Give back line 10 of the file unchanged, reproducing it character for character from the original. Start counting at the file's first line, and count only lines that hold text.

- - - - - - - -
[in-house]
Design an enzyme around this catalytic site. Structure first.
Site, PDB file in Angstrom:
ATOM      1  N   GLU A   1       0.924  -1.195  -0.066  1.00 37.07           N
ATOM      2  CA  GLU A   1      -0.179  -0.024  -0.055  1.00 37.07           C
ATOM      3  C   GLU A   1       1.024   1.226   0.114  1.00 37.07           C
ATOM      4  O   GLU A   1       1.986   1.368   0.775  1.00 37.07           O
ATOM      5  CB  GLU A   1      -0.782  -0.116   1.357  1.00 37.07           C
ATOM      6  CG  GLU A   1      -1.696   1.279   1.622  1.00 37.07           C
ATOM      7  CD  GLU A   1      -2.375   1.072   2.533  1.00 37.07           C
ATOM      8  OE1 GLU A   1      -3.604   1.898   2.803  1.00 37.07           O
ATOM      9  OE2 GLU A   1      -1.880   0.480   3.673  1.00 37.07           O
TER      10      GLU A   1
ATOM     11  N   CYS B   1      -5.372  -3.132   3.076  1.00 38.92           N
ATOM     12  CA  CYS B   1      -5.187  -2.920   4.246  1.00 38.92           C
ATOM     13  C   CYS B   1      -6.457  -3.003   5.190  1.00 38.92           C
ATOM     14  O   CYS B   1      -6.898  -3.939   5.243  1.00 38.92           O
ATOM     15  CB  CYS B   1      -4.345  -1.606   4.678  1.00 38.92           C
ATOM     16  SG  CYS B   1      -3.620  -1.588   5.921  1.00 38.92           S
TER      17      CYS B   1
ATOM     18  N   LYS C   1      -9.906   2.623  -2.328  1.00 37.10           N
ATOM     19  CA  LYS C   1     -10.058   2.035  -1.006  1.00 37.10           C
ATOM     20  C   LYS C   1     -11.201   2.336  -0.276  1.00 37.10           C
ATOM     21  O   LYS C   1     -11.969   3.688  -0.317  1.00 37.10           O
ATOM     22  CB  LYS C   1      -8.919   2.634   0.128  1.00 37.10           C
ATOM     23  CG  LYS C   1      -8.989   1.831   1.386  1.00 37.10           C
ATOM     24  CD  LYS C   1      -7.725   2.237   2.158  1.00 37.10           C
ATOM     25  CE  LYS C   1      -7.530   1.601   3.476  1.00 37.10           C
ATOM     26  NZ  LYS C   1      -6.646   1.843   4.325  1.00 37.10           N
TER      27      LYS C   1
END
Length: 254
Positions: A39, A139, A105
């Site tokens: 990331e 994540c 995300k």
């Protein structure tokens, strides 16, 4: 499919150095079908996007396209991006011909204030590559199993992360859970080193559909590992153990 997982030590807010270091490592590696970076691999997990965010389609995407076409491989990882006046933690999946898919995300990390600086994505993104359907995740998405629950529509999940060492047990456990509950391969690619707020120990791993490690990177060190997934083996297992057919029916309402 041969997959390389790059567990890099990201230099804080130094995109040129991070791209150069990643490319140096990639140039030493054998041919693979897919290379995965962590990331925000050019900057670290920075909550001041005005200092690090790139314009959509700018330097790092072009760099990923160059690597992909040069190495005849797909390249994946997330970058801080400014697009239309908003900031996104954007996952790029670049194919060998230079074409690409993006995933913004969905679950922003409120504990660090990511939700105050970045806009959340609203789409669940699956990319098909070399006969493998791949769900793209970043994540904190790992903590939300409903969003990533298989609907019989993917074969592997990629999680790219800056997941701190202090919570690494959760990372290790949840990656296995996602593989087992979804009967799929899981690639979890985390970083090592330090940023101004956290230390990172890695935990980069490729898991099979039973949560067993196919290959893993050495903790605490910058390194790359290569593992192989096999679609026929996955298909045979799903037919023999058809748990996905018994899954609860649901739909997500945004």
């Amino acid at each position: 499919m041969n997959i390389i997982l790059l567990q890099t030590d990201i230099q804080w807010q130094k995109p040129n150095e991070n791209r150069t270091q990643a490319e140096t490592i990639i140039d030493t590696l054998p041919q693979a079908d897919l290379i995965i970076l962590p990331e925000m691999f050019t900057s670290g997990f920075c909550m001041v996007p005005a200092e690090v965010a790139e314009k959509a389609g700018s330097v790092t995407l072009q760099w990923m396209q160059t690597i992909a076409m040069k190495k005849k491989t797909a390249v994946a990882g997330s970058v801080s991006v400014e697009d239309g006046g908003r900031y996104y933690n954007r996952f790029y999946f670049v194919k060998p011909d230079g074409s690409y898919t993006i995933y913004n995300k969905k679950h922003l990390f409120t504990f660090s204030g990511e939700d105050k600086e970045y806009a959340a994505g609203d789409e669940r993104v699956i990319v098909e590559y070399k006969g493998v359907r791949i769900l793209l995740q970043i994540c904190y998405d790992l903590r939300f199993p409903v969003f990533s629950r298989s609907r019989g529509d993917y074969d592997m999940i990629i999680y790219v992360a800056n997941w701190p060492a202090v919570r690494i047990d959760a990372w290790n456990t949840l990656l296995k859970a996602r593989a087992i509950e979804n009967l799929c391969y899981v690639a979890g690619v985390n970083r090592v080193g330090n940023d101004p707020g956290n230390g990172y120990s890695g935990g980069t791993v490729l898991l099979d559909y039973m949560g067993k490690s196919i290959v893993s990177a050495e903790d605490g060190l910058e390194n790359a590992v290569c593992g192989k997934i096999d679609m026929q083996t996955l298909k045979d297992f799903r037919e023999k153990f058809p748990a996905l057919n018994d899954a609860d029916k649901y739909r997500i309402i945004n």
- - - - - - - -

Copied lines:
ATOM      7  CD  GLU A   1      -2.375   1.072   2.533  1.00 37.07           C